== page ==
Top 3D Printers (I’ve used)

I’ve been getting a few 3D Printers sent to me and I’ve quickly realised I need a way of listing these in some kind sensible order – taking into account cost, assembly, ease of use, build quality and features. So here is the list – 1 is at the top.

Anycubic 4Max Pro /

Pros: Larger print surface, easy to use touch screen, a convenient nozzle brush and internal air filter. You can turn off the annoying intro noise and harsh light – although the noise setting is saved to memory, but the light always turns on at start up. The printer also has an auto off feature which shuts down the machine at the end of a job. Enclosed printer makes printing feel safer and there is also a filament sensor.

Cons: The light is a horrible colour, and there is no auto bed levelling or flexible bed like competitors. It is hard to monitor the print as visibility is obscured.

Prusa Mini+ / /

Pros: Competitively priced, very good print quality, easy to use and assemble, bed levelling works well, first layer wizard is helpful, magnetic flexible print surface with great adhesion, made from higher quality parts, newer slicer software is good.

Cons: Build quality could be more rigid, fixings methods between X-Z and Y axis use M3 threads which can be damaged if over-tightened, prints are easily skewed if X and Y axis are not properly squared, no skew compensation in firmware calibration.

Anycubic i3 Mega /

Pros: Solid steel construction, two part assembly, great ultrabase build table, free 1kg spool of PLA in box, filament sensor, electronics are enclosed in base but easy to access, on/off switch, small footprint. All belts are accessible, and z axis uses rigid couplers and two limits on either side.

Cons: Uses three linear bearings instead of four to hold hotbed, price is higher than some other DIY versions. Fan inside body is noisy when turned on but seems to quieten down after a while. Start-up beeping sounds like the circus just came to town.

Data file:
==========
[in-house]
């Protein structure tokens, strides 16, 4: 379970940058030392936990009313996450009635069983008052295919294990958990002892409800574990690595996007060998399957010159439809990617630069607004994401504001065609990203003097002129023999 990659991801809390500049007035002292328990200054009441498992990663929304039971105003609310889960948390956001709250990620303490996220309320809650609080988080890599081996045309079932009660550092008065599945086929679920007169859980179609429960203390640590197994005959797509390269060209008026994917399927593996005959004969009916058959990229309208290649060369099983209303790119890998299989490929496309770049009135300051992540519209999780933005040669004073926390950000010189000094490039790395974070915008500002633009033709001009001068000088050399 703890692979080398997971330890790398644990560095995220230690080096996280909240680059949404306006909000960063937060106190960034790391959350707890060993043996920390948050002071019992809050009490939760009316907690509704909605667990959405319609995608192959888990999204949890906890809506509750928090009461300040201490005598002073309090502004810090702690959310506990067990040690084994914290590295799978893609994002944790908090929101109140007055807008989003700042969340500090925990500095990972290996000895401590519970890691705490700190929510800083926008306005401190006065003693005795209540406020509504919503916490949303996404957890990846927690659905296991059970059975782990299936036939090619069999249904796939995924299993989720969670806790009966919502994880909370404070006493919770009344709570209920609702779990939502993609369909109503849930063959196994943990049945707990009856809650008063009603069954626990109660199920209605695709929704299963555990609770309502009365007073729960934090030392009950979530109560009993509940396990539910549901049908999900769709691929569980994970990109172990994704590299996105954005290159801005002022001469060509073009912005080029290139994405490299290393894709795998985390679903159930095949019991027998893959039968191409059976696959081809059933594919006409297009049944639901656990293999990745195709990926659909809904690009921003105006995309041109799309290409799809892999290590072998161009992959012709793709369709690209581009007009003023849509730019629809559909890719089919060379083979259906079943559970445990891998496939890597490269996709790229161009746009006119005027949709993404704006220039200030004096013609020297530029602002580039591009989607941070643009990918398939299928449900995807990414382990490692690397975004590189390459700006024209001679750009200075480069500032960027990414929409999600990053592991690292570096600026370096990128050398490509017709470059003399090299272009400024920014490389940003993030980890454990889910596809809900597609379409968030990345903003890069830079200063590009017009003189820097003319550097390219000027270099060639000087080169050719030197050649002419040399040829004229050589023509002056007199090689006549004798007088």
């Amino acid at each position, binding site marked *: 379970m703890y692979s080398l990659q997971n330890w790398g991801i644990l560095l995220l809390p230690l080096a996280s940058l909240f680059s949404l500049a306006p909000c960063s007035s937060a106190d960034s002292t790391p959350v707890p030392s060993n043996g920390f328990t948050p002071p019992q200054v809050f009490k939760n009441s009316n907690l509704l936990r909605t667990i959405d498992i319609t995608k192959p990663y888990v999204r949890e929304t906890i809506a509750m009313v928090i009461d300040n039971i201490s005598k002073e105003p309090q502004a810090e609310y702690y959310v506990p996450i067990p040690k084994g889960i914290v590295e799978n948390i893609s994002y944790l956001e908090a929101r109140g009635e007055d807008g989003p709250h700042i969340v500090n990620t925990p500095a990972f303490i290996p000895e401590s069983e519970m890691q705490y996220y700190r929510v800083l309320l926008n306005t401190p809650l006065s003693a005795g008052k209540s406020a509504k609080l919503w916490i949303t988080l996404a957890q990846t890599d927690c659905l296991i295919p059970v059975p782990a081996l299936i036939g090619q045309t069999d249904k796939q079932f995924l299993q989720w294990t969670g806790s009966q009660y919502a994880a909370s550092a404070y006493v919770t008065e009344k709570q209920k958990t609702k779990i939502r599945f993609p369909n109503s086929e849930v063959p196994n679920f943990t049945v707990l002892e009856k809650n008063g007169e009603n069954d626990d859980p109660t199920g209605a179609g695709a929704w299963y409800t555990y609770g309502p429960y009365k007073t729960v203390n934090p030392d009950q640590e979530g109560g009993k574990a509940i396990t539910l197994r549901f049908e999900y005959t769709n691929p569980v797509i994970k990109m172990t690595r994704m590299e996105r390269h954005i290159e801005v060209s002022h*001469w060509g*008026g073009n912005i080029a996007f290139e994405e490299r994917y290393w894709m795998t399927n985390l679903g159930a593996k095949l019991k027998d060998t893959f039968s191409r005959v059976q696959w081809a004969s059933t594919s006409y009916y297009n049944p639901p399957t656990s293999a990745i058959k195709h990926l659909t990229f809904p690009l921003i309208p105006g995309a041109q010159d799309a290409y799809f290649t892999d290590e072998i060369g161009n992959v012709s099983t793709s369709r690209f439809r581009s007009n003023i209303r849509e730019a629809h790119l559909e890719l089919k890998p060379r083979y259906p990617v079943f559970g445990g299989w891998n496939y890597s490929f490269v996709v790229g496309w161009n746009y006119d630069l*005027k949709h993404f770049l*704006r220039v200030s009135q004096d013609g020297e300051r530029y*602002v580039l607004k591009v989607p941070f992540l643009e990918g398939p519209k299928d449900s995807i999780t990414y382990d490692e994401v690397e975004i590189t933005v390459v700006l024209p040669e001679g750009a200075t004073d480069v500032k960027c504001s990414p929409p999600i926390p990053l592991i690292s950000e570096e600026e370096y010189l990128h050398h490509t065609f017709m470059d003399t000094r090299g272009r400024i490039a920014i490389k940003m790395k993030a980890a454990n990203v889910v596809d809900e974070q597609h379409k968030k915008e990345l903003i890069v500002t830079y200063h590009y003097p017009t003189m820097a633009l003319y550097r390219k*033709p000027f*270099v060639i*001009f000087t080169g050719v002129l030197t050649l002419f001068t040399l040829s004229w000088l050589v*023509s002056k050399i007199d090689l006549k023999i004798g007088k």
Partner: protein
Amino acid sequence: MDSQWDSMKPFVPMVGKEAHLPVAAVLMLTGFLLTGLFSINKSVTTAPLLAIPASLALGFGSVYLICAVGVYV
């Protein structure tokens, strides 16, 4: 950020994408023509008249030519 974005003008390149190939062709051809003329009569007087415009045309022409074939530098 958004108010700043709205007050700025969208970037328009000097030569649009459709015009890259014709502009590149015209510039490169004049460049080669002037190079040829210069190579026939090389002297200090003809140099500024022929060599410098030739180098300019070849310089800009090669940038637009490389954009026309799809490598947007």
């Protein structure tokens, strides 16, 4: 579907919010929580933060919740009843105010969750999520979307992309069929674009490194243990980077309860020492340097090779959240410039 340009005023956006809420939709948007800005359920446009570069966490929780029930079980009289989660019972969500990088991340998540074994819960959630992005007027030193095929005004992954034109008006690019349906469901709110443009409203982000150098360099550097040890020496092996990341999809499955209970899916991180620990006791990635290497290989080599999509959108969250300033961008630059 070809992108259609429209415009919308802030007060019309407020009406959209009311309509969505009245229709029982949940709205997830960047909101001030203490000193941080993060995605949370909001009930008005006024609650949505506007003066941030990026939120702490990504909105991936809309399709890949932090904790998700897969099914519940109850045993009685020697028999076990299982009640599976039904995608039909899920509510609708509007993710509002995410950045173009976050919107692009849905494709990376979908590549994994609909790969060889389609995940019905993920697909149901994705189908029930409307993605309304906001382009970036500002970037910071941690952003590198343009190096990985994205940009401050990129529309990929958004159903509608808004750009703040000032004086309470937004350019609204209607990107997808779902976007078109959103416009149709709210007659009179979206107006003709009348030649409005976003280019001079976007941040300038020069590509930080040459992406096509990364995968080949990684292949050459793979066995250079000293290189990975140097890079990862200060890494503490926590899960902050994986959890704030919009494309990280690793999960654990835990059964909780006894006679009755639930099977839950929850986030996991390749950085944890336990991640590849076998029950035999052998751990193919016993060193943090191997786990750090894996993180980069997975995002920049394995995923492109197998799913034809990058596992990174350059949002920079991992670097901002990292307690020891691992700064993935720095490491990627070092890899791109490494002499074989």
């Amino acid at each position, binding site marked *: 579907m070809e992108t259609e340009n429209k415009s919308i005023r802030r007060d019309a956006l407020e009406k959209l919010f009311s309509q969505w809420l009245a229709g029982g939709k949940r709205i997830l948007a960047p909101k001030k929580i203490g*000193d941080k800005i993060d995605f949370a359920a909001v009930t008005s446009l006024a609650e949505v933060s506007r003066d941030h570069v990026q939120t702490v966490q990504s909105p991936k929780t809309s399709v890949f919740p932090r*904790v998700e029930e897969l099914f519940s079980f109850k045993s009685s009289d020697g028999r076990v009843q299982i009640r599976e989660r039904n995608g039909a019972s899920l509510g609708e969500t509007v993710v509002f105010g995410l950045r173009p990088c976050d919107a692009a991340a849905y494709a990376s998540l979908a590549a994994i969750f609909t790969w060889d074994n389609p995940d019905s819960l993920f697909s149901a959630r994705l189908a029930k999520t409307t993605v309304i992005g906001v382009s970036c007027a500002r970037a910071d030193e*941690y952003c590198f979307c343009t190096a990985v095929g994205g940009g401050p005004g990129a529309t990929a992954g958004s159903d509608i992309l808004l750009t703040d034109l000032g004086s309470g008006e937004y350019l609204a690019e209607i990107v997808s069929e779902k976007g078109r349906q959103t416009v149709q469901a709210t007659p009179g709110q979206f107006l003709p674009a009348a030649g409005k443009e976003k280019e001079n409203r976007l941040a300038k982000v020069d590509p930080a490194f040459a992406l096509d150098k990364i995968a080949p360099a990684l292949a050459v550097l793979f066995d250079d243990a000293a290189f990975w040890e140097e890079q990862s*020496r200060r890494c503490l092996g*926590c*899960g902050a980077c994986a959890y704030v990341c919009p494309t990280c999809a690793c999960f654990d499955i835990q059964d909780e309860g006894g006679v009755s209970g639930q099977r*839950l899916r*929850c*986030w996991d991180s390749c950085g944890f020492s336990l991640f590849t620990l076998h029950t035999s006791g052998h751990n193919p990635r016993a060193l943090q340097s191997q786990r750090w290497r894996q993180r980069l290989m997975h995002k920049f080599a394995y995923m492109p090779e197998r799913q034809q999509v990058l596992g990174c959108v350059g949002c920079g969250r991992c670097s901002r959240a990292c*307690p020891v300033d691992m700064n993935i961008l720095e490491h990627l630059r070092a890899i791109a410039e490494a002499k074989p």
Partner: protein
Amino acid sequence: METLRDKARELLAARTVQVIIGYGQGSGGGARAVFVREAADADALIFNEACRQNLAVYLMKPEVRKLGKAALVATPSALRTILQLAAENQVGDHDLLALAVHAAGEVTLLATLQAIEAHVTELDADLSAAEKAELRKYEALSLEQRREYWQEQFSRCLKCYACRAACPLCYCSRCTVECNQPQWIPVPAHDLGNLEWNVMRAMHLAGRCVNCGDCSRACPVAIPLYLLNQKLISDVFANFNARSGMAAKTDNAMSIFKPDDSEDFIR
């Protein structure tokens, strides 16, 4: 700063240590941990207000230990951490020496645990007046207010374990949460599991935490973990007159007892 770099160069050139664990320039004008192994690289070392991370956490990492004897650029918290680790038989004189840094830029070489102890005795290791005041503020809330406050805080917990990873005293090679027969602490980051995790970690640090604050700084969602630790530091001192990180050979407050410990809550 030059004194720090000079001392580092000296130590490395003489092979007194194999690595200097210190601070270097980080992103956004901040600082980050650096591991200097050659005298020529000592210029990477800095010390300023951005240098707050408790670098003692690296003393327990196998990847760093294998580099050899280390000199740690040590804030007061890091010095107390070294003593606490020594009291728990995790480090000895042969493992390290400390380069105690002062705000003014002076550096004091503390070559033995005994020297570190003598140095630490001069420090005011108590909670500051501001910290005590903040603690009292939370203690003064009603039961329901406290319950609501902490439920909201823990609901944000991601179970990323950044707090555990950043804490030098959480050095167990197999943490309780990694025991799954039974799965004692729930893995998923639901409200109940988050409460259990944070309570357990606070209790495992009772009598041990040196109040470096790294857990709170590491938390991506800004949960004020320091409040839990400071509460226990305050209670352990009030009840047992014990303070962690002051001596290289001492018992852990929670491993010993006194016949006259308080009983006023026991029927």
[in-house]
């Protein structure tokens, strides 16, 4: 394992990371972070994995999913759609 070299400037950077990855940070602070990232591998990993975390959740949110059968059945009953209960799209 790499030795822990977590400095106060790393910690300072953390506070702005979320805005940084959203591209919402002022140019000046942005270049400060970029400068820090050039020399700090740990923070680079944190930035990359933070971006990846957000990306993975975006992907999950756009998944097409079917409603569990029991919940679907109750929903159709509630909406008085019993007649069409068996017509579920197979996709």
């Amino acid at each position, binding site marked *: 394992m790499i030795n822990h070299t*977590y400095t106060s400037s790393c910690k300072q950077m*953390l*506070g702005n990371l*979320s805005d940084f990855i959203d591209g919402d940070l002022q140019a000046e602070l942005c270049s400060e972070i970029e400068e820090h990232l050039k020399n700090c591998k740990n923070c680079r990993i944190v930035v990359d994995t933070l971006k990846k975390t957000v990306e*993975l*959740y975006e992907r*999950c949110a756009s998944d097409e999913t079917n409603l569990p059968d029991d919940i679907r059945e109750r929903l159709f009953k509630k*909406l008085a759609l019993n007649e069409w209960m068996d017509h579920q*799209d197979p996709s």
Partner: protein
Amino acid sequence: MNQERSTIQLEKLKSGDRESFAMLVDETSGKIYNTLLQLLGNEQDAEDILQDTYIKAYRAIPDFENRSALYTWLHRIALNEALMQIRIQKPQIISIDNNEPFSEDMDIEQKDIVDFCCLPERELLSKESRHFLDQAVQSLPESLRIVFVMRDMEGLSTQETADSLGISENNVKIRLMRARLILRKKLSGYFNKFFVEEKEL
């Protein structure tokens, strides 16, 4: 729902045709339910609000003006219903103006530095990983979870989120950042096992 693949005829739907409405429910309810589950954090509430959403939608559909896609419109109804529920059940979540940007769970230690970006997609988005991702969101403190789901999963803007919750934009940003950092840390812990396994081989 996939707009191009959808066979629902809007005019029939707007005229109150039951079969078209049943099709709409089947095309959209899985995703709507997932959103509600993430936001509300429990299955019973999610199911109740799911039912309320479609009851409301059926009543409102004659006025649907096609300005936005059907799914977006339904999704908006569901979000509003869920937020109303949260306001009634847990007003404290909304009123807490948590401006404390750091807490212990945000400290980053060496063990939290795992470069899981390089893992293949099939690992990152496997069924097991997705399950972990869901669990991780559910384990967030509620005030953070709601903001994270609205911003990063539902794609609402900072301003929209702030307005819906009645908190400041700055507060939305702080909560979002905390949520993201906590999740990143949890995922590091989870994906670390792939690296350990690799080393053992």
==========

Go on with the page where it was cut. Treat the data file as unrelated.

Tevo Little Monster /

Pros: Quick and easy to assemble, fast printing due to delta design, large build volume, assisted bed levelling with probe, touchscreen, rigid onboard spool holder, real-time print speed adjustment using touchscreen,

Cons: No manual bed levelling or fine adjustment of bed level, no filament sensor, auto bed level didn’t work from touch screen – had to be completed manually through terminal. SSR failed and resulted in bed heating to 160 Celsius – no failsafe built into electronics. Wiring is messy.

JGAurora A3S /  / 

Pros: Quick and easy to assemble, super quiet, assisted bed levelling, colourful touchscreen, rigid onboard spool holder, filament sensor built into extruder, real-time print speed adjustment using touchscreen and the start-up beep is quiet.

Cons: Bed levelling knobs are very close to main body of machine, which makes it hard to reach and adjust, no auto bed level sensor but I don’t think it needs it. Wifi doesn’t seem to work. PSU is external and without fan. Extruder is fixed to metal frame which means PTFE tube is longer effecting retraction.

JGaurora A5 /

Pros: Large bed. PSU is internal. Quick and easy to assemble. Super quiet. Assisted bed levelling. Colourful touch screen. Rigid onboard spool holder. Filament sensor built into extruder. Real Time Print Speed Adjustability. Start-up beep is quiet.

Cons:  Bed levelling knobs are very close to main body of machine, which makes it hard to reach and adjust. Stepper Drivers were not set to correct voltage when sent. No auto bed level sensor but I don’t think it needs it. Wifi doesn’t seem to work. Difficult to open up.

Tevo Tarantula /

Pros: Adaptable DIY build, good first printer to learn assembly, v-wheels are quieter than linear bearings, large maker community to help fill in blanks, heat bed has insulation underneath which is convenient closest part is acrylic.

Cons:  Build process is time consuming, you need to be patient to build this, wiring is really messy and annoying, large community of users can make accessing information confusing, needs a lot of upgrading such as adjustable triggers for limits, exposed PSU and no on/off switch, manual has errors in procedure.

Anet E10  /

Pros: Quick and easy build, large print bed, enclosed electronics.

Cons: Hot-end takes time to heat up, display times out while bed levelling, electronics looks like standard stuff with Anet A8, uses micro SD card, linear bearings don’t support hot-bed mounting metal from extremities.

Anet A8 /

Pros: Nice build process, easier to build than Tevo Tarantula, classic design, super cheap.

Cons: Plastic is flexible, electronics let it down, hotbed wiring risk shorting, exposed PSU, no on/off switch, need considerable upgrading, doesn’t come with manual so you’ll need to rely on secondary user generate sources.